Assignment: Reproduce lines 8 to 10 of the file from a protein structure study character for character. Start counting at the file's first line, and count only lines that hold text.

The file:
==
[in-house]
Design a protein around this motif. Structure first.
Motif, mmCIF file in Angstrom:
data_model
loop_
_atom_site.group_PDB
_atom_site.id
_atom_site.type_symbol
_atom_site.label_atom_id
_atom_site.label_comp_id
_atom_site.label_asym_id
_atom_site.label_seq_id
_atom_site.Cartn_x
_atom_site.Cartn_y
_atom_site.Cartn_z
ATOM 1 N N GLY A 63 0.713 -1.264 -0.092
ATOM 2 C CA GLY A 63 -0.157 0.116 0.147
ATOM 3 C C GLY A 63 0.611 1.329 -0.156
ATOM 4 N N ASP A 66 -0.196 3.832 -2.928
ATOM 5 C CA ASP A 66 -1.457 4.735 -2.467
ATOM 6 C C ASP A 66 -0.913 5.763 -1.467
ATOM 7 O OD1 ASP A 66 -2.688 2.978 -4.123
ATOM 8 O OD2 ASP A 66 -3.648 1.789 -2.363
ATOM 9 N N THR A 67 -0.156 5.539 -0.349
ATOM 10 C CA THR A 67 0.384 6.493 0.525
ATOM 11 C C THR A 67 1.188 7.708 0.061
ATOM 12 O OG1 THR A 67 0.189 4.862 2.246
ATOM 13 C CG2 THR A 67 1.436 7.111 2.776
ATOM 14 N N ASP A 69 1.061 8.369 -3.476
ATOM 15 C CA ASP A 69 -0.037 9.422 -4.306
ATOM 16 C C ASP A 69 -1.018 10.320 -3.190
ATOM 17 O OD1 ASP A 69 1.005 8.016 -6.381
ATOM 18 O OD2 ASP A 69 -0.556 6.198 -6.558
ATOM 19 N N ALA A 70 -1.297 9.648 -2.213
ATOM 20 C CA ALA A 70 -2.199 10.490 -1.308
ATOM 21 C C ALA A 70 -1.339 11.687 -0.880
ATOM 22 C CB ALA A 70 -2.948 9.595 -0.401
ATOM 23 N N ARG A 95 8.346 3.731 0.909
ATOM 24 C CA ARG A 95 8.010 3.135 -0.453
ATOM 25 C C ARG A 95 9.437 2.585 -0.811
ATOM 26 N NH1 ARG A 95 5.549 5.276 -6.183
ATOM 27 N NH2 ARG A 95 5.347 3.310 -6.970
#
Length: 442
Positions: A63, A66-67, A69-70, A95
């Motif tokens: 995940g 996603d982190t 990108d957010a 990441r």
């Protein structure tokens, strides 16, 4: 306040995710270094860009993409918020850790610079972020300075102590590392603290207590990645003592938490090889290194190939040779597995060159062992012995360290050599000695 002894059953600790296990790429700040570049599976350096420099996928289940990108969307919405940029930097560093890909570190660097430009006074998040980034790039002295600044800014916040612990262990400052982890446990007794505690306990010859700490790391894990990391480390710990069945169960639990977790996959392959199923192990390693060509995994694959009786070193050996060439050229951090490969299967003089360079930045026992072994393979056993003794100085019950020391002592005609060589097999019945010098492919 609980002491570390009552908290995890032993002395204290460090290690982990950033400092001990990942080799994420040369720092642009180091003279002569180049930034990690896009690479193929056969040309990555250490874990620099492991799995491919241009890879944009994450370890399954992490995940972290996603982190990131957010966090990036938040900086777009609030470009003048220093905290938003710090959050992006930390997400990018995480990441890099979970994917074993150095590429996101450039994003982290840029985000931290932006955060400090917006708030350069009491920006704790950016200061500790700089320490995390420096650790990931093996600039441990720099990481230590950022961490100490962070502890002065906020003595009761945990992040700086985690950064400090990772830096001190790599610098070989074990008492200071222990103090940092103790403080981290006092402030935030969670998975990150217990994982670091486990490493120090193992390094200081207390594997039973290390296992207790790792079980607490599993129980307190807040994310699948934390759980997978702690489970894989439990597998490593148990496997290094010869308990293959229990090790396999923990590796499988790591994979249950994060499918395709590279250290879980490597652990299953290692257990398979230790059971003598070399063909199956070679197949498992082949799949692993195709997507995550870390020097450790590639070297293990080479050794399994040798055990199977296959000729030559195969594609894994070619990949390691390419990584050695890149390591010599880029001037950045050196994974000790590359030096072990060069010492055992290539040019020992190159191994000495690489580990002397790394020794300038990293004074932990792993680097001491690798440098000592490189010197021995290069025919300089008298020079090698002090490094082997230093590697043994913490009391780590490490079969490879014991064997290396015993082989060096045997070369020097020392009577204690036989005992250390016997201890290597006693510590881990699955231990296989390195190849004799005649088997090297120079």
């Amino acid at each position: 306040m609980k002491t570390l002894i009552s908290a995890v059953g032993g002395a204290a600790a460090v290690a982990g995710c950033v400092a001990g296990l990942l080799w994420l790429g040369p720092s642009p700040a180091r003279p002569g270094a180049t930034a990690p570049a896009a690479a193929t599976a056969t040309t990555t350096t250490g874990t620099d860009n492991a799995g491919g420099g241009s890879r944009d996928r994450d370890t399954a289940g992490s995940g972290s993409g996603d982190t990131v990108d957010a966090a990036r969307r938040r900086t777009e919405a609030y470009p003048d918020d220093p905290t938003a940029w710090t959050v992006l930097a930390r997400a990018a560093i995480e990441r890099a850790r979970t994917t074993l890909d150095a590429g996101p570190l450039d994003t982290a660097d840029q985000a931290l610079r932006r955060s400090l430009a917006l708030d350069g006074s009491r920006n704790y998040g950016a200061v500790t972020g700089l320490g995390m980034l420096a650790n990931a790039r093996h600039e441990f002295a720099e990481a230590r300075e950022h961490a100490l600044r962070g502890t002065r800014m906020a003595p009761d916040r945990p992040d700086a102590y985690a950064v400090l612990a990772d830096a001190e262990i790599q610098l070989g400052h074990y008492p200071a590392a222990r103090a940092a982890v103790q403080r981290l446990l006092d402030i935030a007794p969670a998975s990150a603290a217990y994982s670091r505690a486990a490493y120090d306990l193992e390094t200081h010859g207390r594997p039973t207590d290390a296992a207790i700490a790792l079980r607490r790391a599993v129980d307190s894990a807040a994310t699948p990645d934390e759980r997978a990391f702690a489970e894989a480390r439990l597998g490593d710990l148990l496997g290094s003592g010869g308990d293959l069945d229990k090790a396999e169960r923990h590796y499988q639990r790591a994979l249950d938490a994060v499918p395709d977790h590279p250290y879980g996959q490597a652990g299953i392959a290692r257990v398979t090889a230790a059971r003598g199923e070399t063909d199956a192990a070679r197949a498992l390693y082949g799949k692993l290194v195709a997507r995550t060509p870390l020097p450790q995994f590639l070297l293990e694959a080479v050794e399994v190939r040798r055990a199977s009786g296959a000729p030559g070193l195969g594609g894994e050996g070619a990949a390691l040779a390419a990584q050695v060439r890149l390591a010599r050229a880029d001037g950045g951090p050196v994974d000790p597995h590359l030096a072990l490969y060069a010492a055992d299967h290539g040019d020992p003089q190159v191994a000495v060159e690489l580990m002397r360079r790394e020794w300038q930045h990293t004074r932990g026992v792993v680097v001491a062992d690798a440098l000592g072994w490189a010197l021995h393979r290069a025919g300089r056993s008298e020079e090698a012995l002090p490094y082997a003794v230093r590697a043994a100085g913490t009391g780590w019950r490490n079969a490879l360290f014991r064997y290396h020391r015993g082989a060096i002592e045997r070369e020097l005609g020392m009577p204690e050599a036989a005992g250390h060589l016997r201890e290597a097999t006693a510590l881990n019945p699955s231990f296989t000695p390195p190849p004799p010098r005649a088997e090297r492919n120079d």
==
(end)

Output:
_atom_site.type_symbol
_atom_site.label_atom_id
_atom_site.label_comp_id